Ghost town to reopen, murder unsolved

From - by RUSSELL CONTRERAS - STEINS, N.M. (AP) - Seven months after 68-year-old Larry Link was gunned down in the dusty expanse of the ghost town he owned and where he once hosted tourists, his murder remains unsolved. Speculation about the killing — Link was shot five times, his scalp was lacerated and his chest and stomach were bruised — from neighbors and family members ranges from Mexican drug cartels to a random stranger, who might have happened across the collection of dilapidated clapboard, rock and log buildings that is Steins from nearby Interstate 10. The investigation has stalled, with New Mexico State Police asking the public for help. Authorities believe Link's death might have been a robbery gone wrong. A semi-trailer used for storage on the property appeared to have been broken into, with items from inside strewn on the ground. Meanwhile, family members have announced that they will reopen the Steins Railroad Ghost Town for tours in May. The curious will be able to experience what was once a bustling mining and railroad town, which survived on water freighted in by the Southern Pacific, had competing bordellos and, most recently, a very modern episode of Old West violence. Steins is located in far southwest New Mexico, atop the state's Bootheel, where nearby residents have long worried about drug trafficking and its related violence. Read more

Part Of Rio Rancho Open Space Area Could Be Sold

From - A part of the area the has the Veterans Monument Park and a series of open trails in Rio Rancho may be turned into a parking lot. Turtle Mountain Brewery wants to purchase the land near the Esther Bone Memorial Library from the city for additional parking. Some residents said the sanctity of the space intended to honor veterans is being maligned. Ty Teel, a Navy veteran, said the place gives honor to those who gave the ultimate sacrifice for the country. "They are the ones, a lot of them, that didn't come back," Teel said. He said the least their memory deserves is a little peace and quiet. The city is mulling over a proposal to sell a chunk of land that comes right up to the edge of the memorial to the brewery, so up to 50 additional parking spaces can be added. Customers of the brewery told Action 7 News it does need more parking, especially during the summer months. Preliminary drawings obtained by Action 7 News do show a proposal to put up a retaining wall around the new parking spots. Read more:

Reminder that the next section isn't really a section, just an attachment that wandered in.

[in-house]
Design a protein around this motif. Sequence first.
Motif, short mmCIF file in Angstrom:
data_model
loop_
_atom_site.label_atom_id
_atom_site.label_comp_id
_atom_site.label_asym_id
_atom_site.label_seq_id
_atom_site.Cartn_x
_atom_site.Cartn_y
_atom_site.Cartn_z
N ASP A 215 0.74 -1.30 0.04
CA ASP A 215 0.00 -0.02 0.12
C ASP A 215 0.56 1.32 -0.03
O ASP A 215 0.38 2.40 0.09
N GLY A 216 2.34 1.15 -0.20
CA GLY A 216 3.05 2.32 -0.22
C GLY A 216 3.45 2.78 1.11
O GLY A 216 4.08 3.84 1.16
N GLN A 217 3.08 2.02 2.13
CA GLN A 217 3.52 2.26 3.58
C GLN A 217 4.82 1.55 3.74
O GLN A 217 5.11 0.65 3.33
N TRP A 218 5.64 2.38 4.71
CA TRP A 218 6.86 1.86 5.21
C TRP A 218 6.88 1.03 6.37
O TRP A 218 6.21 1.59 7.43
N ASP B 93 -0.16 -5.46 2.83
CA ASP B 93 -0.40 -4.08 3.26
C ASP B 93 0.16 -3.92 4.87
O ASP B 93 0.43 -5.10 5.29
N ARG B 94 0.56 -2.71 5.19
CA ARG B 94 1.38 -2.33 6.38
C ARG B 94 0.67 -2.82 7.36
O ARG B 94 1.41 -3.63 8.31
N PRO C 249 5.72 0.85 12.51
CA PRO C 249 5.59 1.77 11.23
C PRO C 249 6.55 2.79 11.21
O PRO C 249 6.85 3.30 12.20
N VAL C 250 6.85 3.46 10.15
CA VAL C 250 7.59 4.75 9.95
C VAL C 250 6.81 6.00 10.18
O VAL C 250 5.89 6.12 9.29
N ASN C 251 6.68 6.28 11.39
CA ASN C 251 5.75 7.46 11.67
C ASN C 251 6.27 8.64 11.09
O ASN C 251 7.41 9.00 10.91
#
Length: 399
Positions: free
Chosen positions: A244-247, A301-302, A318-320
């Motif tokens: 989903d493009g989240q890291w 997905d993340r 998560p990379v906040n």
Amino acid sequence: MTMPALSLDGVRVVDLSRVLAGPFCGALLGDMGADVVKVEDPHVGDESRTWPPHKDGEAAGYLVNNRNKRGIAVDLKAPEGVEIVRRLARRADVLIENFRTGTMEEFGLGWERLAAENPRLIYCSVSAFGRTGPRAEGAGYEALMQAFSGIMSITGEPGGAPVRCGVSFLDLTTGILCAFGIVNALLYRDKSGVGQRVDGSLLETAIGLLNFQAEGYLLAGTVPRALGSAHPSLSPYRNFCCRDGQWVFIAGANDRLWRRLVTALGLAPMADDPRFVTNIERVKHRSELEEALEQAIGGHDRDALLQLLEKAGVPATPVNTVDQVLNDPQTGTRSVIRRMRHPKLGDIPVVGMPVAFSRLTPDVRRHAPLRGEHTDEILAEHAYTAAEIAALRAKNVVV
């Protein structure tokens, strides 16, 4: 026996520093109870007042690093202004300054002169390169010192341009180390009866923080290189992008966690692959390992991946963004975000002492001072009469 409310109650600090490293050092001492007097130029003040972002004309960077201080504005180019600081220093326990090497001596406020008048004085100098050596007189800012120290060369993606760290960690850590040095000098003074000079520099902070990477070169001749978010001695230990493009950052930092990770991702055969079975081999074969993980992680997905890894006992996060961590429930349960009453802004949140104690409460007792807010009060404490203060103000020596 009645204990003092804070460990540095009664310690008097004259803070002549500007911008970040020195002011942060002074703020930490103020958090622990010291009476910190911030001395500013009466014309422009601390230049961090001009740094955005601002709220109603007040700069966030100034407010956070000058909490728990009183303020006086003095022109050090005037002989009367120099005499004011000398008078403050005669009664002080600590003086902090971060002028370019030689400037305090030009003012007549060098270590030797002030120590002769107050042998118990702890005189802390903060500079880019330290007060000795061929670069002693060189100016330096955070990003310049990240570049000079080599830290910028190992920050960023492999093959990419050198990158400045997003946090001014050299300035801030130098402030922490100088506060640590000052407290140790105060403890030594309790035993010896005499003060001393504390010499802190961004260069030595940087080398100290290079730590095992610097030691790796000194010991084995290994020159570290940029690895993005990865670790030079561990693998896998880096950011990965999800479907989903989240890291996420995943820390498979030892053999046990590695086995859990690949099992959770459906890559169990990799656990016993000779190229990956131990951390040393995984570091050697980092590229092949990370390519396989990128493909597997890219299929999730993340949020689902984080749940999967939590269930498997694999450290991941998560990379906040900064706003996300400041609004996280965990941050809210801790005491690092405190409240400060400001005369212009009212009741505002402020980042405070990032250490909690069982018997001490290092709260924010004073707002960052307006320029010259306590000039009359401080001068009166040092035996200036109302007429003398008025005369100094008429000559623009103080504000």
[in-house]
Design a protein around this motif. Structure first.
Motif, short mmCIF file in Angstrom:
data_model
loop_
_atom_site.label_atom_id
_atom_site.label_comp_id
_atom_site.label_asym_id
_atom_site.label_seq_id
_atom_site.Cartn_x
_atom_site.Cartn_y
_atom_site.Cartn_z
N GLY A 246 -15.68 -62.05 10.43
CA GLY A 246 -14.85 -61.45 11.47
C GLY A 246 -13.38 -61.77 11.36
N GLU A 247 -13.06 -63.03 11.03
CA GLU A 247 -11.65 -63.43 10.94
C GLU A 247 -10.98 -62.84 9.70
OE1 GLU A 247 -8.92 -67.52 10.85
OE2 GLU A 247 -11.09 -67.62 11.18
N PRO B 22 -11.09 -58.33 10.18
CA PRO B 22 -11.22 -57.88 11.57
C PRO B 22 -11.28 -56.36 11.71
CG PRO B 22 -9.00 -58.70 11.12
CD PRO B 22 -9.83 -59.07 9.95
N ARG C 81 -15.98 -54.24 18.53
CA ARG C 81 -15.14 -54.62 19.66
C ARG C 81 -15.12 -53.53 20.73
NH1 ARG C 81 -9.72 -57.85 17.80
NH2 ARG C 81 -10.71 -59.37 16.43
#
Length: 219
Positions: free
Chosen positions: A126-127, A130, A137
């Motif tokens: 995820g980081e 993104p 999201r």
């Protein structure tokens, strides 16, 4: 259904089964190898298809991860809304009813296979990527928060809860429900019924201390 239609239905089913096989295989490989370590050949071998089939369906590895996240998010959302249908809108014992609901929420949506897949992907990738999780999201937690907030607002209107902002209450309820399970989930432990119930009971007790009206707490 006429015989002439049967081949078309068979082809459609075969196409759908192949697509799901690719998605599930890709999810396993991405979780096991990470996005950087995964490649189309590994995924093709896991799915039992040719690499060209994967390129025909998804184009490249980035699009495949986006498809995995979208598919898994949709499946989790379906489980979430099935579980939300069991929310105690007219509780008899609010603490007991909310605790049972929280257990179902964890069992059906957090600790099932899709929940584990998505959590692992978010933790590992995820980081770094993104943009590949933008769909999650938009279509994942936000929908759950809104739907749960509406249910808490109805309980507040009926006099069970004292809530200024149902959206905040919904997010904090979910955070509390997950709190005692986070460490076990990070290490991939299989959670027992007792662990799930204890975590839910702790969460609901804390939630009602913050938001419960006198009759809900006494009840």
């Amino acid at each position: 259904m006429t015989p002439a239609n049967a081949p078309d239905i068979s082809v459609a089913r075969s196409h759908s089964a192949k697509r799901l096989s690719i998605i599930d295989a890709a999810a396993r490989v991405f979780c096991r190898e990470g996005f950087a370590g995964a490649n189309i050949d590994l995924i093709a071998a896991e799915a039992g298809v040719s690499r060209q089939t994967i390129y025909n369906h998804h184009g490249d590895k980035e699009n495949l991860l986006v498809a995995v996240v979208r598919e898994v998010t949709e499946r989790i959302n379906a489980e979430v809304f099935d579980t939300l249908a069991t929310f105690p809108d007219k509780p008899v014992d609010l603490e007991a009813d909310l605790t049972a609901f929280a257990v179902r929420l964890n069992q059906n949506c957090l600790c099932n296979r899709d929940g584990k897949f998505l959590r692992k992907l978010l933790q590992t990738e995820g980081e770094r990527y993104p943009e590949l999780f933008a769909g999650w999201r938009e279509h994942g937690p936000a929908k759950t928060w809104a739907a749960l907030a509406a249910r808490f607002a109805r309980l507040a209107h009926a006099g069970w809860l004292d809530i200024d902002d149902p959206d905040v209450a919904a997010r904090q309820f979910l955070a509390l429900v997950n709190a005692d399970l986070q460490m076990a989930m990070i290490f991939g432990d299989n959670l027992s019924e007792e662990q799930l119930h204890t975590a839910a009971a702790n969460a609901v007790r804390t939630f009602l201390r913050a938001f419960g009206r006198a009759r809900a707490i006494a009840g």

Deming Intruder shot by home owner

From the Deming Headlight - By Matt Robinson, Headlight Staff - A home intruder was shot on the evening of Thursday, Feb. 2 as he attempted to charge the home owner. Authorities were tipped off when the failed home intruder called Central Dispatch with his cellular phone seeking help for his two gunshot wounds. Justin Hull, 32, suffered two gunshot wounds after he broke into a home on the 5000 block of Amapola Road in the county. The home owner, a 62-year-old man, had called the Luna County Sheriff's Office to his residence earlier that evening because he had noticed some of his personal items stacked in a strange way. According to Capt. Arturo Baeza, of the LCSO, the home had been burglarized in early Dec. 2011 and the home owner suspected the stacked items were awaiting pickup by intruders. The LCSO conducted its investigation of the oddly-stacked items, then left when they concluded everything was fine. The home owner then sat in his property - which does not have heat or electricity, according to the LCSO - and waited. "He hears a bam and the door flew open and there's this guy charging in," Capt. Baeza said, reading from the LCSO report. "The guy closed distance on him and he (home owner) shot at him three times." The owner was able to connect with the intruder on two shots from his .45-caliber pistol. Hull suffered gunshot wounds to his right leg and beneath his rib cage on the left side of his torso. "We got tapes from the 911 call where he admitted he broke into this guy's house," Capt. Baeza added, noting the call was received at about 10:40 p.m. Read more